However, a Haida citizen is not merely someone who lives on the islands.

“All people of Haida ancestry are citizens of the Haida Nation… The Haida Nation reserves the exclusive right to determine additional Haida citizenship,” the Constitution reads, also noting that the Haida Nation is a matrilineal society.

“‘Citizen of Haida Gwaii’ is an honorary designation, which may be conferred to a person who is not of Haida ancestry. Such bestowal shall not be construed as granting of Haida citizenship or Haida hereditary or aboriginal rights.”

Haida Gwaii has a population of outsiders and immigrants who move for jobs in medicine, social services, education, tourism, and resource development. There are also established pockets of non-Haida residents, such as artists and American draft dodgers.

The non-Haida residents either have to accept their second-class status, no matter how much they contribute to the islands, or they must ensure they stay on the good side of the Haida government in order to maybe get democratic rights.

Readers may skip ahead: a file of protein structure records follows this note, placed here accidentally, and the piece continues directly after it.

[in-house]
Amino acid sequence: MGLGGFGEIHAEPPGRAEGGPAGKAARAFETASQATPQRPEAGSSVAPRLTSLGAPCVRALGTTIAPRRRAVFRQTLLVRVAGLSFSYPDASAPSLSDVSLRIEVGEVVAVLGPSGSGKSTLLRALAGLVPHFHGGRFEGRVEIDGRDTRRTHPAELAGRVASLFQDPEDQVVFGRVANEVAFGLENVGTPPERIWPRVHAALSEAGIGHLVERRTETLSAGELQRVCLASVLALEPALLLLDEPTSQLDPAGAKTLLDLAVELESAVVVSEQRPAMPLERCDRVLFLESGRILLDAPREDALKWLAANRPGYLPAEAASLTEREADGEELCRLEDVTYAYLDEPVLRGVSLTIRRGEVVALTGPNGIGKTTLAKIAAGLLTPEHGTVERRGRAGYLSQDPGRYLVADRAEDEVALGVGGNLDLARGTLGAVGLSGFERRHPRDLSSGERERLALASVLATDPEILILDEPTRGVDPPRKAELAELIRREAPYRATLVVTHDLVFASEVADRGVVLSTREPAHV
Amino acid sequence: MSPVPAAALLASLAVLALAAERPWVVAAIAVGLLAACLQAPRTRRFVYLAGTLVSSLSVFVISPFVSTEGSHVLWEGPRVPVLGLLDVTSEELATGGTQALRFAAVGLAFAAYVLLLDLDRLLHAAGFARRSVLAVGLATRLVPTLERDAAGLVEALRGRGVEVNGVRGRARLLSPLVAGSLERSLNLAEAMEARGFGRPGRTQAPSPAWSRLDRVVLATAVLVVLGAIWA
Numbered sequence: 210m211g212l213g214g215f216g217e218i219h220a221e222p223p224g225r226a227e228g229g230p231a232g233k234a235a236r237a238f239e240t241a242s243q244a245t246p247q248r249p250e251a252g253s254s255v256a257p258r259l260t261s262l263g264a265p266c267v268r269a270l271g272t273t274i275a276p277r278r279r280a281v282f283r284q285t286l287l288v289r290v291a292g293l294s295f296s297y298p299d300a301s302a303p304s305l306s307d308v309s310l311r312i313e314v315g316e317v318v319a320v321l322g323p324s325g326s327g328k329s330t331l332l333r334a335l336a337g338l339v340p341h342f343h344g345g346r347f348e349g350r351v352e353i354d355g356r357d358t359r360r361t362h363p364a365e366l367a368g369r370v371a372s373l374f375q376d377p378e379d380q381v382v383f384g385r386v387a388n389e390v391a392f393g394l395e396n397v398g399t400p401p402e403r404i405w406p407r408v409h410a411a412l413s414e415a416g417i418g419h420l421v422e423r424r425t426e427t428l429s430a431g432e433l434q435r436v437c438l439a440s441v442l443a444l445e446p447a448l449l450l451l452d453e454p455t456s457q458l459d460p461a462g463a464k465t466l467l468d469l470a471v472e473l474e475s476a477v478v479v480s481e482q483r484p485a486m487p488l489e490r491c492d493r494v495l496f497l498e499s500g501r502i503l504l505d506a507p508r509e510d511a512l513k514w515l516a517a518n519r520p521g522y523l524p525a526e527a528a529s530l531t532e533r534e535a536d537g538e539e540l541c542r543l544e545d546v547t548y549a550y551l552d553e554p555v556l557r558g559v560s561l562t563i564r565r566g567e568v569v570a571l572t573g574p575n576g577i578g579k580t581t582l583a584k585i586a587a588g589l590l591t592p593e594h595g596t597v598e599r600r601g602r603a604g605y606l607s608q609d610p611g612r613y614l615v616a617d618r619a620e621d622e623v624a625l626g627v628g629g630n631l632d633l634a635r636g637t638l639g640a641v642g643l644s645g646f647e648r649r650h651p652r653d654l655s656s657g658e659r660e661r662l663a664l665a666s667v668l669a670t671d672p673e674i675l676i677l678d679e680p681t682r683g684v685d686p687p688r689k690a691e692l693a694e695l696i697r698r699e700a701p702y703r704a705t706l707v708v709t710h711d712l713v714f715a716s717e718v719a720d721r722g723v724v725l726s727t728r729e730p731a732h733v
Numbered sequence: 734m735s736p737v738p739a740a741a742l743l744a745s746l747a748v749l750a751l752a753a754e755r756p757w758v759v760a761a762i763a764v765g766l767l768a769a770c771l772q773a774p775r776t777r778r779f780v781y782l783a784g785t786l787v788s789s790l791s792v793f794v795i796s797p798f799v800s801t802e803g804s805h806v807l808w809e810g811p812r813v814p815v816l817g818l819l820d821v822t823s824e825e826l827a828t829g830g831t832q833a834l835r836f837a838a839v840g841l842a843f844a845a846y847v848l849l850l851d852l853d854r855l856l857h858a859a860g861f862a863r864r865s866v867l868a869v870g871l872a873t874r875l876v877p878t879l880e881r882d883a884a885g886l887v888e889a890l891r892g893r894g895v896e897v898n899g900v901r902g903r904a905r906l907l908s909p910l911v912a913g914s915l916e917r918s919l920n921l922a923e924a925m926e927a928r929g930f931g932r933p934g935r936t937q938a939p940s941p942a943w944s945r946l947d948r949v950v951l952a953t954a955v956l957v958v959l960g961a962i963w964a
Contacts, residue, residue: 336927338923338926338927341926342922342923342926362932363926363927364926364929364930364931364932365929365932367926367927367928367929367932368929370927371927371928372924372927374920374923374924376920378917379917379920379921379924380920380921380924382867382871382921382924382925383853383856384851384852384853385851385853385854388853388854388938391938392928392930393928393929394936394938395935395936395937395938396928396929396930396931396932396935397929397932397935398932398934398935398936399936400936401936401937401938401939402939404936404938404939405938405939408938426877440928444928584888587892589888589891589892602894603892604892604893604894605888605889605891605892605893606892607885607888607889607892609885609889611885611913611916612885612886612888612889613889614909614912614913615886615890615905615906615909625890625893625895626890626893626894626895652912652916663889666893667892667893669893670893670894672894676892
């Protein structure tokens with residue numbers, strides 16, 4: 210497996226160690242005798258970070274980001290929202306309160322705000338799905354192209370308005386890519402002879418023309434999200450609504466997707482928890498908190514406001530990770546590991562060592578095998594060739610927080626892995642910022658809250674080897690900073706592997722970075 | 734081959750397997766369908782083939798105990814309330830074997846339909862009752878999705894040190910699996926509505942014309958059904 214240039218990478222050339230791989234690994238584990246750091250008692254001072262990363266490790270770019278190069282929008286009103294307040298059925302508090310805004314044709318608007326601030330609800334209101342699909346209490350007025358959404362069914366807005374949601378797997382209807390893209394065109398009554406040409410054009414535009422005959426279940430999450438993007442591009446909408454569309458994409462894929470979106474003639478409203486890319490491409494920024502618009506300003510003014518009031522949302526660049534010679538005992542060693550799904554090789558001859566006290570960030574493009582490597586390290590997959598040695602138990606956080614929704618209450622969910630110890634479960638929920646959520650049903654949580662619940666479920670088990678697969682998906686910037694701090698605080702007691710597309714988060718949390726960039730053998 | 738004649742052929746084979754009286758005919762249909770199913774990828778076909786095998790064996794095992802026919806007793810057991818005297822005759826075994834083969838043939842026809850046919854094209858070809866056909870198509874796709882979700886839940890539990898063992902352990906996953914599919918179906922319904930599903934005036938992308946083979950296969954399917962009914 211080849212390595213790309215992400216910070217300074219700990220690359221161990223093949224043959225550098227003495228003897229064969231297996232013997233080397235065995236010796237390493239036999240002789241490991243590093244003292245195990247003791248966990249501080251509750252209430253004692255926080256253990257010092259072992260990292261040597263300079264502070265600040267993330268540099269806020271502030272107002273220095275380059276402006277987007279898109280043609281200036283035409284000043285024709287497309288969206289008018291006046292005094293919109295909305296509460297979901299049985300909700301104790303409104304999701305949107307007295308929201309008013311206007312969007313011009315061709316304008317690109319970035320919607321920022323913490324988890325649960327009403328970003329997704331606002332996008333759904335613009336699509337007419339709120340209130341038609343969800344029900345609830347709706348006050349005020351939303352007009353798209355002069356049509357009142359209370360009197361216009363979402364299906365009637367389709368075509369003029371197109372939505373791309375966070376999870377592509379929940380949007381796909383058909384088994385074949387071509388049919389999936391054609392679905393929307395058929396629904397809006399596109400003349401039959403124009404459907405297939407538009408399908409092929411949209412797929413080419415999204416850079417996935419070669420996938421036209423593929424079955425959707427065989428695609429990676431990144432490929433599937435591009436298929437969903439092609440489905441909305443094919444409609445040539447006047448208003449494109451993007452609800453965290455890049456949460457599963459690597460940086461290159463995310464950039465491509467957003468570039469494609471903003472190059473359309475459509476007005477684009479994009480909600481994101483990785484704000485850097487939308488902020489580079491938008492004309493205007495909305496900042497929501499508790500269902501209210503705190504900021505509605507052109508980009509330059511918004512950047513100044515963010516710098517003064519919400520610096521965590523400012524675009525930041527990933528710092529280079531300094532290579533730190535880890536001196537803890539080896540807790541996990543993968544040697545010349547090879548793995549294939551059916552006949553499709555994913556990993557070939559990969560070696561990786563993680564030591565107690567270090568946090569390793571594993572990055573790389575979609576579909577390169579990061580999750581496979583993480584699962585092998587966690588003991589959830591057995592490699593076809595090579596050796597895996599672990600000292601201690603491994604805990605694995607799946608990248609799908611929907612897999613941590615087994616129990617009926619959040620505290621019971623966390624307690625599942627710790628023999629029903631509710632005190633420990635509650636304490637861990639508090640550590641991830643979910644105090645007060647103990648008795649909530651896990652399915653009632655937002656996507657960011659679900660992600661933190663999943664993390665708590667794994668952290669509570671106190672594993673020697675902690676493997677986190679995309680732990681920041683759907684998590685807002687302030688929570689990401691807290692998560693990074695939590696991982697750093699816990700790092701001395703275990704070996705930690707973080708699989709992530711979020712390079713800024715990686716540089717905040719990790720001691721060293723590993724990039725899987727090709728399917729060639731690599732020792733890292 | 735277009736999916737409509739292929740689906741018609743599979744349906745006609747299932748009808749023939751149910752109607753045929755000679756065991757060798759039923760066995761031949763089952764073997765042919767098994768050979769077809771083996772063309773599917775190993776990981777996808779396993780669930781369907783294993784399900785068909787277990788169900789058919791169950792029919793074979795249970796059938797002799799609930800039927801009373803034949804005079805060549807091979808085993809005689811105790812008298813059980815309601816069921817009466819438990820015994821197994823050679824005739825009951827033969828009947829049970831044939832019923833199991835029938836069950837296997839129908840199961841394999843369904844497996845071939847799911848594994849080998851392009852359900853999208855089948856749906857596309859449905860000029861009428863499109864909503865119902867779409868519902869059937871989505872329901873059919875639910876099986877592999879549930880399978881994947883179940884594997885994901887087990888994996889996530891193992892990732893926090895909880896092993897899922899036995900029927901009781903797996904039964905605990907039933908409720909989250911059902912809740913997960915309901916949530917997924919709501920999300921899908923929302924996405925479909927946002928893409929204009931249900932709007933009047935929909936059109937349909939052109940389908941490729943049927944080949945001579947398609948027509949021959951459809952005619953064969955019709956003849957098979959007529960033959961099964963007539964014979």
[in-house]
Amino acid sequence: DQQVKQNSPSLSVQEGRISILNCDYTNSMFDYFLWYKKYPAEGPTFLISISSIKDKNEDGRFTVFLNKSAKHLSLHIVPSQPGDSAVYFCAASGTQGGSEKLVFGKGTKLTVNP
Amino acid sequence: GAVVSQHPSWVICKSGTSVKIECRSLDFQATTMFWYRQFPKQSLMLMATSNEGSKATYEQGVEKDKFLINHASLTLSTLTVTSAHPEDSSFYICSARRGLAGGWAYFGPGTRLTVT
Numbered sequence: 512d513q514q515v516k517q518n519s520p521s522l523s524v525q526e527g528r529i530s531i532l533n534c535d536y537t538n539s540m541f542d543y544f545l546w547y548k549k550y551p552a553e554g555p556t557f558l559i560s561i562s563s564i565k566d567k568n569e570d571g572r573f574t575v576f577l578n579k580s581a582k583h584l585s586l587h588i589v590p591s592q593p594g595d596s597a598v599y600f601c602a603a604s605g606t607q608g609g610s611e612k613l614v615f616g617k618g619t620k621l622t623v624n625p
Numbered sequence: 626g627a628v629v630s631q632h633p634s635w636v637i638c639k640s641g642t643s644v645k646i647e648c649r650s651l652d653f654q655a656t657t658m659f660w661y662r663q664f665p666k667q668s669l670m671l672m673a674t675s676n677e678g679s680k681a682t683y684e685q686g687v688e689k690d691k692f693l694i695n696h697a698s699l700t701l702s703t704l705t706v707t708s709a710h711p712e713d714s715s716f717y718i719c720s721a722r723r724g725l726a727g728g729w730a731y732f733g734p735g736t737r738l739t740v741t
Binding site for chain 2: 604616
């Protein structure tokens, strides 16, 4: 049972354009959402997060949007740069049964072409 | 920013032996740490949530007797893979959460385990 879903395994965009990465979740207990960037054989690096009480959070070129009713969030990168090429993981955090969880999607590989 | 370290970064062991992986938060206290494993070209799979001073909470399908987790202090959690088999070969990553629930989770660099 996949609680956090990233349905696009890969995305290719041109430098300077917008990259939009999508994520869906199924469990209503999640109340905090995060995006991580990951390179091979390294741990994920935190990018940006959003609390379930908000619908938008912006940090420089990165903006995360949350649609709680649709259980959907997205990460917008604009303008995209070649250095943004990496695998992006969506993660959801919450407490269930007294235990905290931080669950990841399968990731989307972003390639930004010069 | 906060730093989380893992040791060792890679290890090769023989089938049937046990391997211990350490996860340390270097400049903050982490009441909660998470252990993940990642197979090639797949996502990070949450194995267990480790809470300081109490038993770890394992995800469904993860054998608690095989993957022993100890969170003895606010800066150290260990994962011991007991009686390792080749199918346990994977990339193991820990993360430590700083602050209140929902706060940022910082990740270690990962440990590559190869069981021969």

At a special assembly held on April 6, 95% of Haida citizens voted in favour of the title agreement. Only those with Haida blood or approval would have been able to vote. 

“Over the next two years, the Haida’s leaders and laws will replace British Columbia’s. This will mean roughly half the population, who are not Haida members, will be governed by rulers who they do not elect,” lawyer Tim Thielmann wrote on X

“Nor is it clear to what extent the Charter rights of these British Columbians will be enforceable against the laws and other actions taken by their new government.”

Thielmann also commented that the agreement “will call into question the validity of every tenure ever granted without Haida consent.”

Aboriginal law expert Thomas Isaac of Cassels law firm also has major concerns.

“The Agreement introduces significant uncertainty for those with fee simple lands on Haida Gwaii and for those who rely on the stability and long-term nature of Crown land use authorizations for their business operations,” he wrote.

It’s not only lawyers who are worried about what the agreement will look like in reality.